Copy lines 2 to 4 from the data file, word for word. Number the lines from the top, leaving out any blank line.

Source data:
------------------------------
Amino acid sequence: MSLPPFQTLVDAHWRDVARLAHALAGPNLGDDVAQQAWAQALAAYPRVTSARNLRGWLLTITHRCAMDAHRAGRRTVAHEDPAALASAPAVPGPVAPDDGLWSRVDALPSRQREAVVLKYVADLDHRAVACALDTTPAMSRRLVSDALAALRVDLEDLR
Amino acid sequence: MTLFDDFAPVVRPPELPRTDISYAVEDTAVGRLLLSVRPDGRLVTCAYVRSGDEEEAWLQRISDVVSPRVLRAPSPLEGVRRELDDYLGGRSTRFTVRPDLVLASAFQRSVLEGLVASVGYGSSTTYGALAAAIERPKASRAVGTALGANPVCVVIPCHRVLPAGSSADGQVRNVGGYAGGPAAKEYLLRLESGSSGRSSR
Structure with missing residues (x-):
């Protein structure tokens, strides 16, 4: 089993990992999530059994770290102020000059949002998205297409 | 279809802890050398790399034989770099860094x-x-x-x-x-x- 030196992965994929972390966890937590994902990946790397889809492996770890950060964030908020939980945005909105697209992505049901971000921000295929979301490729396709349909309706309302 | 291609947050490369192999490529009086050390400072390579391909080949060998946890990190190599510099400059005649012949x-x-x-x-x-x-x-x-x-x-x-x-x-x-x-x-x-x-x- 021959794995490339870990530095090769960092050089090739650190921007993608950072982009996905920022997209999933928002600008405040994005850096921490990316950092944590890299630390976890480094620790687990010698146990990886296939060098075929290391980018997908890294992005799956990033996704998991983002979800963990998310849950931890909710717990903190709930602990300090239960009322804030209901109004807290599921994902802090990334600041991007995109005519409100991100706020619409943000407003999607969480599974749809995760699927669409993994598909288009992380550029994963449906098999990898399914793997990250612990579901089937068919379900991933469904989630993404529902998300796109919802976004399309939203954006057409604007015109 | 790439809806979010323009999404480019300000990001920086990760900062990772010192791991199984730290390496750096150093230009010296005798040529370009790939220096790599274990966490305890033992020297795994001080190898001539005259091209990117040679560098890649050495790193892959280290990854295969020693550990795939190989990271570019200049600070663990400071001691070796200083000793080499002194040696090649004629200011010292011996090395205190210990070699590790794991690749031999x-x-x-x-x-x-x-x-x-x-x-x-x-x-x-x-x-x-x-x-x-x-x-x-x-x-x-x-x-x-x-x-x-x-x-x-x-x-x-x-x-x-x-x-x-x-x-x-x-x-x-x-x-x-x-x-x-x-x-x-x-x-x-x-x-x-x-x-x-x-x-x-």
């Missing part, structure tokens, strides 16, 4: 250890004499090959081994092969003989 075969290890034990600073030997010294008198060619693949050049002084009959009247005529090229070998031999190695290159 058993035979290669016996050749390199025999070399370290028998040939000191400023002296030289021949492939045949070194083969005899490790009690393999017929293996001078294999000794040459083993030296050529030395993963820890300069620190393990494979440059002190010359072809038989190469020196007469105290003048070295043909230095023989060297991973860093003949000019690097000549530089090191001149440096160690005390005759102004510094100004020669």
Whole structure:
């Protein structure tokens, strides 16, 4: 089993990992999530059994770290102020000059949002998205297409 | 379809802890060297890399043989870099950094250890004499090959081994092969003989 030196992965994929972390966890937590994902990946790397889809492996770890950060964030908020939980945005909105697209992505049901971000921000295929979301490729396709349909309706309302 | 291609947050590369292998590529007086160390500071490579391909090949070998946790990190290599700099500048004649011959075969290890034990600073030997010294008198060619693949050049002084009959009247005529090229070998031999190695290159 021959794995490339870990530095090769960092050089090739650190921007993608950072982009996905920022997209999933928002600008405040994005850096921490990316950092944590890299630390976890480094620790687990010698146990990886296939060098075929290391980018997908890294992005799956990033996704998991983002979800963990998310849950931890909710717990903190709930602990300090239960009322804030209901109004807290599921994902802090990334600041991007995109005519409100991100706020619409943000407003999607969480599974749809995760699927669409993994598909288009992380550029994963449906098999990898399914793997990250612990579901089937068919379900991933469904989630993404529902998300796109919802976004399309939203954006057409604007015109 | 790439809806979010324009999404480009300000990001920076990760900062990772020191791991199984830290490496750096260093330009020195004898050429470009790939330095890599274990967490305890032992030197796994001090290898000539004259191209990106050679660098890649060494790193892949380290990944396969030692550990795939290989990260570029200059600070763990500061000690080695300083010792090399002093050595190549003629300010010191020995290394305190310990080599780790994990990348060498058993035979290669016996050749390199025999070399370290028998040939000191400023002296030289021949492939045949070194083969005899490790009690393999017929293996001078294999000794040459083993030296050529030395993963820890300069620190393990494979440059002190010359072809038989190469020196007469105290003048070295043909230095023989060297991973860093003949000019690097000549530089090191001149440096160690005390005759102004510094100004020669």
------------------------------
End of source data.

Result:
Amino acid sequence: MTLFDDFAPVVRPPELPRTDISYAVEDTAVGRLLLSVRPDGRLVTCAYVRSGDEEEAWLQRISDVVSPRVLRAPSPLEGVRRELDDYLGGRSTRFTVRPDLVLASAFQRSVLEGLVASVGYGSSTTYGALAAAIERPKASRAVGTALGANPVCVVIPCHRVLPAGSSADGQVRNVGGYAGGPAAKEYLLRLESGSSGRSSR
Structure with missing residues (x-):
């Protein structure tokens, strides 16, 4: 089993990992999530059994770290102020000059949002998205297409 | 279809802890050398790399034989770099860094x-x-x-x-x-x- 030196992965994929972390966890937590994902990946790397889809492996770890950060964030908020939980945005909105697209992505049901971000921000295929979301490729396709349909309706309302 | 291609947050490369192999490529009086050390400072390579391909080949060998946890990190190599510099400059005649012949x-x-x-x-x-x-x-x-x-x-x-x-x-x-x-x-x-x-x- 021959794995490339870990530095090769960092050089090739650190921007993608950072982009996905920022997209999933928002600008405040994005850096921490990316950092944590890299630390976890480094620790687990010698146990990886296939060098075929290391980018997908890294992005799956990033996704998991983002979800963990998310849950931890909710717990903190709930602990300090239960009322804030209901109004807290599921994902802090990334600041991007995109005519409100991100706020619409943000407003999607969480599974749809995760699927669409993994598909288009992380550029994963449906098999990898399914793997990250612990579901089937068919379900991933469904989630993404529902998300796109919802976004399309939203954006057409604007015109 | 790439809806979010323009999404480019300000990001920086990760900062990772010192791991199984730290390496750096150093230009010296005798040529370009790939220096790599274990966490305890033992020297795994001080190898001539005259091209990117040679560098890649050495790193892959280290990854295969020693550990795939190989990271570019200049600070663990400071001691070796200083000793080499002194040696090649004629200011010292011996090395205190210990070699590790794991690749031999x-x-x-x-x-x-x-x-x-x-x-x-x-x-x-x-x-x-x-x-x-x-x-x-x-x-x-x-x-x-x-x-x-x-x-x-x-x-x-x-x-x-x-x-x-x-x-x-x-x-x-x-x-x-x-x-x-x-x-x-x-x-x-x-x-x-x-x-x-x-x-x-």